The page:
Modelling improved water availability through coarse woody organic matter in grassland soils under shifting precipitation dynamics

Authors: Verena Jauss*, Cornell University, Patrick J Sullivan, Cornell University, Rebecca L Schneider, Cornell University
Topics: Soils, Agricultural Geography, Water Resources and Hydrology
Keywords: Soil Geography, Water Retention, Grasslands, Soil Health, Soil Restoration, Climate Change, Ecological Modelling
Session Type: Virtual Poster
Day: 4/8/2021
Start / End Time: 11:10 AM / 12:25 PM
Room: Virtual 51
Presentation File: No File Uploaded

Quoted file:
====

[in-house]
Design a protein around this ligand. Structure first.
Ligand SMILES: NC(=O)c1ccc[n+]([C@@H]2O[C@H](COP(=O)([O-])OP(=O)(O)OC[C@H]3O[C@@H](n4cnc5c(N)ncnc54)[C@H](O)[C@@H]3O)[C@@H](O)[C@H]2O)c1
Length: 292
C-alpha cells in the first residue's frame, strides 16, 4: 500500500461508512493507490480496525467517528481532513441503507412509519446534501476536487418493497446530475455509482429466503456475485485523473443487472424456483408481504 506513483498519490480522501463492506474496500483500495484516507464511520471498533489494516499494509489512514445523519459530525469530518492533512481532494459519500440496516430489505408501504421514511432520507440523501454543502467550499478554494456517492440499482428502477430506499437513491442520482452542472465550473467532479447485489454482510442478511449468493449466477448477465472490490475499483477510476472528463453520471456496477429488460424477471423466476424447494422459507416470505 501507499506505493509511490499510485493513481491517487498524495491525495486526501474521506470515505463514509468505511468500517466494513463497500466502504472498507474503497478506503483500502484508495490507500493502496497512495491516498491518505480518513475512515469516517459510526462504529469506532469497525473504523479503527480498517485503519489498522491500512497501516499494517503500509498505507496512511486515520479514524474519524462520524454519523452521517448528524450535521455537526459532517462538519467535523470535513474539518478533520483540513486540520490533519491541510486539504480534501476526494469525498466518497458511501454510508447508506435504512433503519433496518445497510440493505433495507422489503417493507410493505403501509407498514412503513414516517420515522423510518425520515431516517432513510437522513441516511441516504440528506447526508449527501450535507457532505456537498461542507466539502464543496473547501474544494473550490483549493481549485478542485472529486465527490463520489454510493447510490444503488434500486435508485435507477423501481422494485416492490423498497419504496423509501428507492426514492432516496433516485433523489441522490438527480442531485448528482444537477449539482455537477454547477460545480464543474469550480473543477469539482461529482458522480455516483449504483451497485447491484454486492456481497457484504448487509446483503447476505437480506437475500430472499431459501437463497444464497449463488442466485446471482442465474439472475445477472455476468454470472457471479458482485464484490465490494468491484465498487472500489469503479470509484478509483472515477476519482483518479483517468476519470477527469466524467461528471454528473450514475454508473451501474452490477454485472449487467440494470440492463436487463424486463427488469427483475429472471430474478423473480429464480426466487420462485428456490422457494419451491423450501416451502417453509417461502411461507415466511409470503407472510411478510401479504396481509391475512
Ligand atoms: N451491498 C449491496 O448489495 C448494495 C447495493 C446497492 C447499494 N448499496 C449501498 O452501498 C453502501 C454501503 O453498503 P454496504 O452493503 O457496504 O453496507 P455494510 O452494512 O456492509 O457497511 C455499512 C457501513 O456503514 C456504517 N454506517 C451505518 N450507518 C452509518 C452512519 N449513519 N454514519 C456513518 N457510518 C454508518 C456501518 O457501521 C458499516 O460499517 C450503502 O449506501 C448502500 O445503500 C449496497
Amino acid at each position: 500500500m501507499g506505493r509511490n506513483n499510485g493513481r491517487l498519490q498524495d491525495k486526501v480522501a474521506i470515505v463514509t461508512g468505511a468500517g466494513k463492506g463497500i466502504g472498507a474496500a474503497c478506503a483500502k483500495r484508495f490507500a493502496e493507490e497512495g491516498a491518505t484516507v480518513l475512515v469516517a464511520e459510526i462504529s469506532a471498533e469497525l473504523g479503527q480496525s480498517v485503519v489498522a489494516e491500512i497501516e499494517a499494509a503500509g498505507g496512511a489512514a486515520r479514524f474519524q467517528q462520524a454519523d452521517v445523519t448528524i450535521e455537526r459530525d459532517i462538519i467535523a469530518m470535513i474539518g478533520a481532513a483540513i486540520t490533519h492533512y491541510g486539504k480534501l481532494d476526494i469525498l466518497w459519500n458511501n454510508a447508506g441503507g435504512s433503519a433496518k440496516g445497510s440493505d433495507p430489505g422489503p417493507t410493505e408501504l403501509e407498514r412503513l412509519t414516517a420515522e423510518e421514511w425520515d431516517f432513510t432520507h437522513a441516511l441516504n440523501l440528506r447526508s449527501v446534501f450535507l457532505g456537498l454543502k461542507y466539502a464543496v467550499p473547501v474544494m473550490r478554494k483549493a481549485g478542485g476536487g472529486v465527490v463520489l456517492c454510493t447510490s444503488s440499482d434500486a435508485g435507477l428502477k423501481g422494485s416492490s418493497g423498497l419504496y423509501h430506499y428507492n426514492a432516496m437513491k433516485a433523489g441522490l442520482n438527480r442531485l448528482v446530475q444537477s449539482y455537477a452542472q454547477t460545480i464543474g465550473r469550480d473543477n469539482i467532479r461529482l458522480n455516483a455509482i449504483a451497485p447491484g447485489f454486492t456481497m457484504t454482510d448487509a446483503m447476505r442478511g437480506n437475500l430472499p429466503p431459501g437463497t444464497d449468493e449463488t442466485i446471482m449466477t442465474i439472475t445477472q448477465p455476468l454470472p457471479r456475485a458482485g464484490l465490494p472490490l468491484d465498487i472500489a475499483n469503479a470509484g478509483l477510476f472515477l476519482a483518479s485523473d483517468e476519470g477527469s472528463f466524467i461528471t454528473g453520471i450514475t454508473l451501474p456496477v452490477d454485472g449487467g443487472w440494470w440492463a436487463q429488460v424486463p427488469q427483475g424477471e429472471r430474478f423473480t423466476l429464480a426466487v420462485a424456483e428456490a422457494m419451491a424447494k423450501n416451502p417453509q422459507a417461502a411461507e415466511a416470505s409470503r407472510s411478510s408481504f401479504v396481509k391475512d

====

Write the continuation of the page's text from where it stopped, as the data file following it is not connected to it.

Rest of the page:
Extreme soil degradation is a serious problem affecting grassland ecosystems in the Great Plains, United States and globally. Long-term agricultural practices have resulted in erosion and loss of soil organic matter, with impacts on soil fertility and crop yields. Less recognised has been an associated reduction in soil moisture retention being exacerbated by climate change, with a shift in inter-annual precipitation patterns towards more intense storms and hotter, longer dry periods. Research conducted in Mandan, ND has shown success in restoring degraded grasslands by incorporating coarse woody organic matter into top soils in order to capture and store infrequent rainfall. These woodchips were integrated into the top 20cm of soil in replicated plots and monitored for soil moisture and temperature throughout the summer of 2015. The data were examined using a Time-Series Model based on the Penman equation and Hartge & Horn Water Content at Field Capacity to describe the relationship of interacting variables on water retention in grasslands soils under shifting precipitation dynamics. Our time-series model includes inputs such as water uptake as a function of precipitation regime and outputs reflecting evaporation rates of different coarse woody organic matter. Saturation level is a function of soil makeup modified by coarse woody organic matter directed at increasing water retention and was used to explore retention time relative to timing and variation of precipitation events. The model successfully captured the process that coarse woody organic matter increases rain capture and soil moisture retention levels in mixed grass prairies of Mandan, ND.

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